Is it strange to sit back and think that buying a film camera is a new experience to many—even most—photographers? Just 20 years ago, almost everyone was buying and using film cameras. Today, there are legions of photographers who have never shot a single roll of film. Luckily for us, film photography still exists and there are both film and film cameras that you can buy with which to create photographs. What should you know before you buy your first 35mm film camera or reenter the world of film?
First Things First—You Might Be Shopping for a Used Camera
If you hadn’t noticed, not too many camera manufacturers are making brand-new film cameras these days. Therefore, almost everything we discuss will be geared toward used film cameras, and—I might be biased—one of the best places to shop for a used film camera is the B&H Used Department. You can go shopping right now at the Used Department or hang out with me for a few minutes while we discuss your 35mm film camera options. You’ll also see a shaded box at the bottom of this article that will show you what is new—or available new—in the world of film cameras.
35mm Film Cameras
There are a few basic flavors of 35mm film cameras: SLR (single-lens reflex), compact (point-and-shoot), and rangefinder. The SLR is simply the film version of your DSLR (the D stands for “digital”). This camera has an optical viewfinder and interchangeable lenses. The compact is a smaller and more portable camera that features a non-interchangeable lens that is either a prime (fixed focal length) or a zoom lens.
And the rangefinder, made famous by Leica and legendary photographers, has interchangeable lenses and an optical viewfinder that does not look through the lens like the viewfinder on an SLR.
There are several other types of film cameras, and I will discuss them at the end of the article, but for now, we will stick with the mainstream 35mm cameras.
I won’t tell you which 35mm camera to buy—that is a personal choice—but I will give you some food for thought as you shop for your first camera, be it an SLR, compact, or rangefinder. Some of these tips will not apply to each type of camera, but most will apply to all.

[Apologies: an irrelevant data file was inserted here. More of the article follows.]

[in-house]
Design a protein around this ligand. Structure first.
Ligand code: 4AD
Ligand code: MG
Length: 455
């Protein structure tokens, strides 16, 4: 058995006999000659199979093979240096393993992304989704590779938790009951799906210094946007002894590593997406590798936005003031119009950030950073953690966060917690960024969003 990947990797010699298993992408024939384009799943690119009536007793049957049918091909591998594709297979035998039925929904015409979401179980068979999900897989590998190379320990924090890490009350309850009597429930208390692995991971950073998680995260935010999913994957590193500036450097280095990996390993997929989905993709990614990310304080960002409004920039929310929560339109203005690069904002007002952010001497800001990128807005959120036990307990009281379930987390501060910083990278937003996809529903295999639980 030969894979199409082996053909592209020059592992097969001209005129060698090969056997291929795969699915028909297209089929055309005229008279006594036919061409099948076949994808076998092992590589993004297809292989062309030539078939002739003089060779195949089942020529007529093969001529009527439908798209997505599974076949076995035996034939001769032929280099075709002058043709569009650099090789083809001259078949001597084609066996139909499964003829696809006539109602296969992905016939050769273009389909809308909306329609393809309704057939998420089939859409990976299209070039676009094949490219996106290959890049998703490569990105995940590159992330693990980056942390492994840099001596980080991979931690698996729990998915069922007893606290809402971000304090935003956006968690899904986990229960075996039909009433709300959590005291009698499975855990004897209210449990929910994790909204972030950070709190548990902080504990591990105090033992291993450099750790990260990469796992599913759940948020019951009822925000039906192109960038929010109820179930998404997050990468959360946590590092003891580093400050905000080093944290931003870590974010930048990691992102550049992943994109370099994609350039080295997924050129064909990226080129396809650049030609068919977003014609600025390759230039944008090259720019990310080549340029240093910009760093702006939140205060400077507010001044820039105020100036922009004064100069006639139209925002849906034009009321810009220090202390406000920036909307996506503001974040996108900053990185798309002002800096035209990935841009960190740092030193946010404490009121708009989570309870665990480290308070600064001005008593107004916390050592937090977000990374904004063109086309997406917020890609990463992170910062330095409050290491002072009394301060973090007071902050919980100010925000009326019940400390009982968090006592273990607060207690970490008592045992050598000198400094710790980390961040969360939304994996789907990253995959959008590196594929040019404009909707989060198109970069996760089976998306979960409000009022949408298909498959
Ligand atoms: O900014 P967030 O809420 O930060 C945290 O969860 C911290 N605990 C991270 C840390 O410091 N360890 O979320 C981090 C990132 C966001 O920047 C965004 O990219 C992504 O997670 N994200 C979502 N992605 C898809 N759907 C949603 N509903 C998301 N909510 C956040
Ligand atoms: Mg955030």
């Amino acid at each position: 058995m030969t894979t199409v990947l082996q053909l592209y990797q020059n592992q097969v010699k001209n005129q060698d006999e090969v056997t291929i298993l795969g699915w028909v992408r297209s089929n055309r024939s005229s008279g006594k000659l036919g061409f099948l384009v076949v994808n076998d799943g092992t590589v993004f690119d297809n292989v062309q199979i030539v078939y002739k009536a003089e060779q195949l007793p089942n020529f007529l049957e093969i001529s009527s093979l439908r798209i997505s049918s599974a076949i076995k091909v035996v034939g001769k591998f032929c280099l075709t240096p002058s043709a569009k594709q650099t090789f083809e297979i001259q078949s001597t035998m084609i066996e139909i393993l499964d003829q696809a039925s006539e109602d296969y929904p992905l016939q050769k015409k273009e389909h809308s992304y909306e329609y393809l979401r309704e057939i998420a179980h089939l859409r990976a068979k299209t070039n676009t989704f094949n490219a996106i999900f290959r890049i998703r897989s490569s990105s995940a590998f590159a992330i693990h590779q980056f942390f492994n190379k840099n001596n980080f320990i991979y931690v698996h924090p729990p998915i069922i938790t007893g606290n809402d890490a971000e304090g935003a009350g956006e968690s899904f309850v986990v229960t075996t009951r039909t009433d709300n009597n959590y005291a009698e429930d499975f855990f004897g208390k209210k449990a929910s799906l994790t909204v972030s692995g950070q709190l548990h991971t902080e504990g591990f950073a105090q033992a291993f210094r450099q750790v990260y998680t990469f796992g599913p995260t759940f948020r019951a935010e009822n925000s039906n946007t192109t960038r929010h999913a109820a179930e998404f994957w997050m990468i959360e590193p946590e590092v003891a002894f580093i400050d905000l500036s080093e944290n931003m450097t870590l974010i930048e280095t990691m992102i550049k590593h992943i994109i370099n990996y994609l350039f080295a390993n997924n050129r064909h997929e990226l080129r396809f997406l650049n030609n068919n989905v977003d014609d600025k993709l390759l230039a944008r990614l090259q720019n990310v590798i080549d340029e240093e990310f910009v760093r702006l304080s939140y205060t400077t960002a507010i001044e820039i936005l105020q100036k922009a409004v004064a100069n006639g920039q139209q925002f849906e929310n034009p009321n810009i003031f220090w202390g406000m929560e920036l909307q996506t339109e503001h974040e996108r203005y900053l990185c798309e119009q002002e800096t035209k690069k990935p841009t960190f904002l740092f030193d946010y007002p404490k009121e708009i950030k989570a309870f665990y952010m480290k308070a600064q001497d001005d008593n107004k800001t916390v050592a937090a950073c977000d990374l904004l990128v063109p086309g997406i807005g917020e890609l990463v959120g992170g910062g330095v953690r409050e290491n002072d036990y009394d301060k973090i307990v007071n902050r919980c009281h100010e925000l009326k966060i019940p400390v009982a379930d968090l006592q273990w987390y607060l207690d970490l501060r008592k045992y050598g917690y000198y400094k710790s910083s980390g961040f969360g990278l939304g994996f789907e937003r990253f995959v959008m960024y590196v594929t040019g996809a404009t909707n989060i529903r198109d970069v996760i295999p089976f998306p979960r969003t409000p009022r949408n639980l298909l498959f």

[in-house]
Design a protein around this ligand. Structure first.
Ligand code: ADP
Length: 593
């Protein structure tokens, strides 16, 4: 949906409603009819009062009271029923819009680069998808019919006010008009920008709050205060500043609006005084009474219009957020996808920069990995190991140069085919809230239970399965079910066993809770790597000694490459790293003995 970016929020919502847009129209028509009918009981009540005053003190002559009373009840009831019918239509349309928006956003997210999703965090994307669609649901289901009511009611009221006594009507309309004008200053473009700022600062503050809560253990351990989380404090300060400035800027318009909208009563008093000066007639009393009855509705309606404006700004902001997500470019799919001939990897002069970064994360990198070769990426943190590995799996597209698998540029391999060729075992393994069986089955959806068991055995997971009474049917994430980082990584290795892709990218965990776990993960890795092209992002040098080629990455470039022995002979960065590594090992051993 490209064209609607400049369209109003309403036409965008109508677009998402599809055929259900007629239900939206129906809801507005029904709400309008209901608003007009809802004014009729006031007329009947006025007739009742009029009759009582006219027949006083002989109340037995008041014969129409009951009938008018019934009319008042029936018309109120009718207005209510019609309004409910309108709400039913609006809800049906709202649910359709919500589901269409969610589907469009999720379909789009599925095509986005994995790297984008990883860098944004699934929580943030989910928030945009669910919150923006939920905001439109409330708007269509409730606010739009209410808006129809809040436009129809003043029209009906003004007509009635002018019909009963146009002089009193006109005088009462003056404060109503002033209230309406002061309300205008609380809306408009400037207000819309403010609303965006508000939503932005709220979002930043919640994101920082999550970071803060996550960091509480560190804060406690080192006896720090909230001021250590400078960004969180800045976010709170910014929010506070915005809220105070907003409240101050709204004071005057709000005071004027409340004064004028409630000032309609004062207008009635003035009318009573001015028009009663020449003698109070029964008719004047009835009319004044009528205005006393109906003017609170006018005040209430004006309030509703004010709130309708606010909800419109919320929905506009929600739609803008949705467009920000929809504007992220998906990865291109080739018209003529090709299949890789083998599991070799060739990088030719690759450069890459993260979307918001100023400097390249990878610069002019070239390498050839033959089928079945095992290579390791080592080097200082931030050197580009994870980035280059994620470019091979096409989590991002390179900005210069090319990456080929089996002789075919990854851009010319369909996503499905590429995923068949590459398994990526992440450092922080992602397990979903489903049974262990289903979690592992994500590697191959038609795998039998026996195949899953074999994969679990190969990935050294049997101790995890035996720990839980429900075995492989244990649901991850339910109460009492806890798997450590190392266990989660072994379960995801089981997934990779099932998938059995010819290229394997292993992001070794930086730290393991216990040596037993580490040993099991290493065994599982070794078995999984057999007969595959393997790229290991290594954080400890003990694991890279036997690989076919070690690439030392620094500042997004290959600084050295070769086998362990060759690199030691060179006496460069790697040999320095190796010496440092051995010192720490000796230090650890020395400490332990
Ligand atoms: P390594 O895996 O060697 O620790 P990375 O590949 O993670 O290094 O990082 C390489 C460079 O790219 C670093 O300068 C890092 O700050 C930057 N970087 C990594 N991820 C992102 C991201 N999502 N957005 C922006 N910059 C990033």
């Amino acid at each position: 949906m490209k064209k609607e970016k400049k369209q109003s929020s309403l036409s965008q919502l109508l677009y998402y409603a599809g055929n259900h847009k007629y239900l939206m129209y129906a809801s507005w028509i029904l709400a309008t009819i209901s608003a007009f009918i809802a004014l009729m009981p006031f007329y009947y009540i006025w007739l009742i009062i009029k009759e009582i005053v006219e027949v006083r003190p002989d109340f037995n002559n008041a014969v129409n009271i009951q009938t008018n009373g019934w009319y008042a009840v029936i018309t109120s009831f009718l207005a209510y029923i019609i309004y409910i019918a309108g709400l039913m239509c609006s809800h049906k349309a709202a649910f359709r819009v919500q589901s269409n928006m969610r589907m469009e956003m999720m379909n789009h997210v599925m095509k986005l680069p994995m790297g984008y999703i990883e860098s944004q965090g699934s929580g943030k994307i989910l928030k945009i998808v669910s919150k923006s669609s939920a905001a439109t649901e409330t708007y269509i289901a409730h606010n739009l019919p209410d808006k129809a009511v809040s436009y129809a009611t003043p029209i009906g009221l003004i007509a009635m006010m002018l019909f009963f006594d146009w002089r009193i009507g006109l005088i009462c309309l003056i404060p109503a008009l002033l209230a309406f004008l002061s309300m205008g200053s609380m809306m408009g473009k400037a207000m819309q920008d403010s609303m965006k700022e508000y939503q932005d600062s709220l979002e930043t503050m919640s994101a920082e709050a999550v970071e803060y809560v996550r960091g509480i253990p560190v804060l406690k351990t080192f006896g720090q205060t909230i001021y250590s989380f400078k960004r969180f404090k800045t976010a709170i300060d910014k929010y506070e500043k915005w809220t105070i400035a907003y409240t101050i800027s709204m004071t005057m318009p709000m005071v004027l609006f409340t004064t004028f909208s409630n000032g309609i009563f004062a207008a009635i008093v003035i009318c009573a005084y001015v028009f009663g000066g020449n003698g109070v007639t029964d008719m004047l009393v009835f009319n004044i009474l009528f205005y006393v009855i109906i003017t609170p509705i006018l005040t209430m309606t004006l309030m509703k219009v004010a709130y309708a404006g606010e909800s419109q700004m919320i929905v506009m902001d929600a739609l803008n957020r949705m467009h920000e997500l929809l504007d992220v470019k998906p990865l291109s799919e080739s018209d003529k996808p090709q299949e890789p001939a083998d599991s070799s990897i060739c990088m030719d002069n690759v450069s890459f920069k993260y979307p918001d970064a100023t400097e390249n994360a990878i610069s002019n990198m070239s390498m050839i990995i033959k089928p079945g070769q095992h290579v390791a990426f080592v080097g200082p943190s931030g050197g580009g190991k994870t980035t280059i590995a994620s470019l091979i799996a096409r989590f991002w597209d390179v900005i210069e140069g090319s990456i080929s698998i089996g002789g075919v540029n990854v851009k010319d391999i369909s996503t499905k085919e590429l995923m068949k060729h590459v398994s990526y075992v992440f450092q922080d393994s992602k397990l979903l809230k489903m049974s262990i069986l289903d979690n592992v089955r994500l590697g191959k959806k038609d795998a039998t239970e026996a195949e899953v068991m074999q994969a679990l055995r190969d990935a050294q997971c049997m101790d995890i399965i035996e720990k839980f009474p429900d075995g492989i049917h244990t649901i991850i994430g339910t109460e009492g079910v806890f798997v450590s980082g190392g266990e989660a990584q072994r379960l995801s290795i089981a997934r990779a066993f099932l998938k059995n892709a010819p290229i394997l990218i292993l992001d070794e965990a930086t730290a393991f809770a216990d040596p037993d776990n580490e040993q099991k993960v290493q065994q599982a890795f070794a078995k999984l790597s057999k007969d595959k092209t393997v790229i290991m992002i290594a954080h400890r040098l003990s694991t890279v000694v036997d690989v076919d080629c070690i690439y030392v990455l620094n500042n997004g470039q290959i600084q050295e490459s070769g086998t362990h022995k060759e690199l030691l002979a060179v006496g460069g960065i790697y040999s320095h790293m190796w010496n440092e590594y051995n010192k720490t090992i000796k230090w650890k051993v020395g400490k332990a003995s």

Film cameras shoot film. That means the medium that the image is being recorded on is identical between cameras as long as you are using the same type of film. You can take the same photo with a brand-new (recently discontinued) professional Nikon F6 as you would with a 60-year-old Nikon F if they are loaded with the same film stock and same lens.
However, you might ask, “What makes one camera ‘better’ than another?” The things that set 35mm film cameras apart from each other are the lenses (fixed or attached) for the camera, the film you are using, and the level of automation the camera has (if that is something you are looking for).
Lens Considerations: Part 1
Because film is the great equalizer between different film cameras, the rubber meets the road with the lens. Just as with digital, a poor lens usually results in a poor photo. So, when shopping for a film camera, be sure to do your homework on lenses, as well.
In general, zoom lenses of the film era are known to leave a lot to be desired as far as sharpness and performance go. I’ve said it before, and I will say it again here: You cannot go wrong with a 50mm large-aperture lens like a 50mm f/1.8 or 50mm f/2 lens on a film (or digital) SLR.
In summary, if you grab an older Nikon, Canon, Pentax, or Olympus SLR, you cannot go wrong with a Nikon, Canon, Pentax, or Olympus 50mm lens on the front of it to get things started.
Lens Considerations: Part 2
Sometimes brand loyalty does not survive the switch from digital to film, and there is nothing wrong with that. But there are a few manufacturers of digital cameras that use the same lens mount that they did back in the days of film, so, in this case, brand loyalty can pay off. Quick research on the Web can tell you if your lenses will work on both your film and digital cameras.
Lens Considerations: Part 3
If you are currently shooting mirrorless digital cameras, your dedicated mirrorless lenses will not work on a film camera, but, with an adapter, you can use almost any film-era lens on a mirrorless camera. This is something else to keep in mind, because you could pick up a film camera with a sweet vintage lens and adapt it to your mirrorless camera.
Automatic Electronics versus Manual Mechanicals
Film cameras run the gamut from, “Look Mom, no battery!” to full electronic exposure control, computerized metering, autofocus, motor drive, and more—almost all the creature comforts of today’s digital cameras.
Generally, if you are considering shooting film, you are likely feeling nostalgic for the analog world and probably comfortable, or even excited, about the idea of photographing with a camera that is completely manual. It is a fun challenge when you have to dial-in your aperture, adjust shutter speed, and cock the film lever before taking a photo. Therefore, you do not need any bells and whistles on your camera.
There is a thought that the old mechanical film cameras are more robust and reliable than their modern electronic film camera counterparts. Because of this, mechanical cameras fetch premium prices on the used market, whereas electronic film cameras—even top-of-the-line professional and prosumer models—can often be had for a song.
And because of this economy, you might consider entering the world of film photography with an amazing electronic camera at a lower price point and, if you get bitten by the bug, looking for that classic mechanical camera in the future.
Professional Film Cameras